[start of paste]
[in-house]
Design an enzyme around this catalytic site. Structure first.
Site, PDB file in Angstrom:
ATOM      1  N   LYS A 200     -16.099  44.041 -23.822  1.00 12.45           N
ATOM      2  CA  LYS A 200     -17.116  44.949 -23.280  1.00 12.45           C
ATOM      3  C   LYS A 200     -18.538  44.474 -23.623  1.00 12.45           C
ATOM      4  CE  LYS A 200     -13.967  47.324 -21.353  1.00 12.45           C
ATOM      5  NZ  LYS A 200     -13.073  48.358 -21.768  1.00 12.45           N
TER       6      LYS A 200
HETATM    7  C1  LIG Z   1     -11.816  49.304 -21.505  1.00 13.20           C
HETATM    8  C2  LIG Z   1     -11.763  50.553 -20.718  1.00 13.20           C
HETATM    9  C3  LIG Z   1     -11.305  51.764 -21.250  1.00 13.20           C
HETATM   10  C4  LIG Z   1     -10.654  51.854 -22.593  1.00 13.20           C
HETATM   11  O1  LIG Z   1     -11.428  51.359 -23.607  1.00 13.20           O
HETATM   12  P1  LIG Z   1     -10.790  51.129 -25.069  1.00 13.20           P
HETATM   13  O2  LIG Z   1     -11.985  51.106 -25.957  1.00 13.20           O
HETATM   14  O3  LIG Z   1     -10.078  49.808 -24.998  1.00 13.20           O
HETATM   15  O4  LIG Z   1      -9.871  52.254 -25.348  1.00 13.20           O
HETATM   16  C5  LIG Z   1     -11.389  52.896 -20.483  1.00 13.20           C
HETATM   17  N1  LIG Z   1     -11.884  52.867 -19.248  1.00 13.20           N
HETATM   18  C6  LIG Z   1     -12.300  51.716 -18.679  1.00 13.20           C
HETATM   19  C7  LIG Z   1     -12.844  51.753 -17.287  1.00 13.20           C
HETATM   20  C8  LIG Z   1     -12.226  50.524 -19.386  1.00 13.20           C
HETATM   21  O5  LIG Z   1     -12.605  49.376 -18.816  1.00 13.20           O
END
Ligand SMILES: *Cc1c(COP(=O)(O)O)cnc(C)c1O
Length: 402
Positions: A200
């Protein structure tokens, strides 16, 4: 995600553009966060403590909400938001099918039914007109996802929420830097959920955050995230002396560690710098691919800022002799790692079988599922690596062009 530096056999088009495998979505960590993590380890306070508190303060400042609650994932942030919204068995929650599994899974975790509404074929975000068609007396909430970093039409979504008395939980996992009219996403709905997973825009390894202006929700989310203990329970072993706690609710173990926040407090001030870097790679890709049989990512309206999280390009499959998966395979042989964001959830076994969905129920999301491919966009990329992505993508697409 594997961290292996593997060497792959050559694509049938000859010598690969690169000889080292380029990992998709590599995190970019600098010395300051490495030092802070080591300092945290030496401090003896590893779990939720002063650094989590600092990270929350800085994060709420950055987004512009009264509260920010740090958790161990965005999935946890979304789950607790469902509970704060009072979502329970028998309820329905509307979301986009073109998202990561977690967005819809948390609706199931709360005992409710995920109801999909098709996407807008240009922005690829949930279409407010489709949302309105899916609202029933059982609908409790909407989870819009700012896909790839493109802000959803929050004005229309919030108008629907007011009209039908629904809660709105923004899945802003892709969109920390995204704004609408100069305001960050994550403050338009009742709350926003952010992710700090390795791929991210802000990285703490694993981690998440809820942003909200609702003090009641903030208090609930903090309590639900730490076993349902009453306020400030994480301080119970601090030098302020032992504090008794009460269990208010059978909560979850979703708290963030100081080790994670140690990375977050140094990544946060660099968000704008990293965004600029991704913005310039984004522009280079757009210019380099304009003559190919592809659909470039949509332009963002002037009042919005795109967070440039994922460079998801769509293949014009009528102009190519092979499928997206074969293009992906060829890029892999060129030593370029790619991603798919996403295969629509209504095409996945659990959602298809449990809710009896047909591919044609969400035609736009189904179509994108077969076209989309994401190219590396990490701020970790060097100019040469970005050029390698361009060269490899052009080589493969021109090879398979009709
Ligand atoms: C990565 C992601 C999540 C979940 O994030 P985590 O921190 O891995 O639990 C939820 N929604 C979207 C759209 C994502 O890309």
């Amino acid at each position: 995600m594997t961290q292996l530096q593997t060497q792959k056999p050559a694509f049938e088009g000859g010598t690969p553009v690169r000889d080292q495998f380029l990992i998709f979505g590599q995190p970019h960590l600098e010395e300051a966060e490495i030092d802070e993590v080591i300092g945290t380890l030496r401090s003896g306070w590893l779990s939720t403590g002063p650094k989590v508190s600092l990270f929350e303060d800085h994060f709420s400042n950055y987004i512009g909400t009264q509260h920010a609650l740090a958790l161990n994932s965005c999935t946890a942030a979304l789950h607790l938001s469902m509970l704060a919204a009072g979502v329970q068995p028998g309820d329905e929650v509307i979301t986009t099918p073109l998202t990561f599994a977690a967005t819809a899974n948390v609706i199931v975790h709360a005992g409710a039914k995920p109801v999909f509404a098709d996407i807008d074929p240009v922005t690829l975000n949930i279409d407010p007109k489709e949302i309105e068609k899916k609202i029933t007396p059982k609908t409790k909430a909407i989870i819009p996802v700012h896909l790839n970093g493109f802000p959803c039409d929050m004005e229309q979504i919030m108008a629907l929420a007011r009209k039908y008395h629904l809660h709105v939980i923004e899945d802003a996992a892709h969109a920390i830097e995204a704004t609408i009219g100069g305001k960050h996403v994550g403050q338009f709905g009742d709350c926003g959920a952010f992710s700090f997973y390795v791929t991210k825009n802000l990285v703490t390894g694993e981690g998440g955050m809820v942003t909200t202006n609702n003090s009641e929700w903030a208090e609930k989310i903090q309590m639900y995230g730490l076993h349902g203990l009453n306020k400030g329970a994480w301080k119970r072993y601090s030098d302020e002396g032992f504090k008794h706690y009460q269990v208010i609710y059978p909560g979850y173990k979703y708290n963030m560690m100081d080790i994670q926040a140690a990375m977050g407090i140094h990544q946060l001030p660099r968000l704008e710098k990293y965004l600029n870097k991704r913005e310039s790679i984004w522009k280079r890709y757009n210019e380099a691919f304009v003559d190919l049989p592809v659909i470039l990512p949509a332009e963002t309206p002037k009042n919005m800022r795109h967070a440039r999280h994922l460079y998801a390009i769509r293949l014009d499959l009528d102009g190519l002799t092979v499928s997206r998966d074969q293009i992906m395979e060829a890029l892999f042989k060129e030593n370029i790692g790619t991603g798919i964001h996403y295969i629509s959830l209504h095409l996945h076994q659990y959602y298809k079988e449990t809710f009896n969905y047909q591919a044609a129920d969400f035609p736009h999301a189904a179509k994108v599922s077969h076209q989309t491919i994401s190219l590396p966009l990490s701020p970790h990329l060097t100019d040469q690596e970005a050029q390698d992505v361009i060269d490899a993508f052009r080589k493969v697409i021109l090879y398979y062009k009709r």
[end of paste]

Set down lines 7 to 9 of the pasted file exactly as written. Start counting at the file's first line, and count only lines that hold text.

ATOM      4  CE  LYS A 200     -13.967  47.324 -21.353  1.00 12.45           C
ATOM      5  NZ  LYS A 200     -13.073  48.358 -21.768  1.00 12.45           N
TER       6      LYS A 200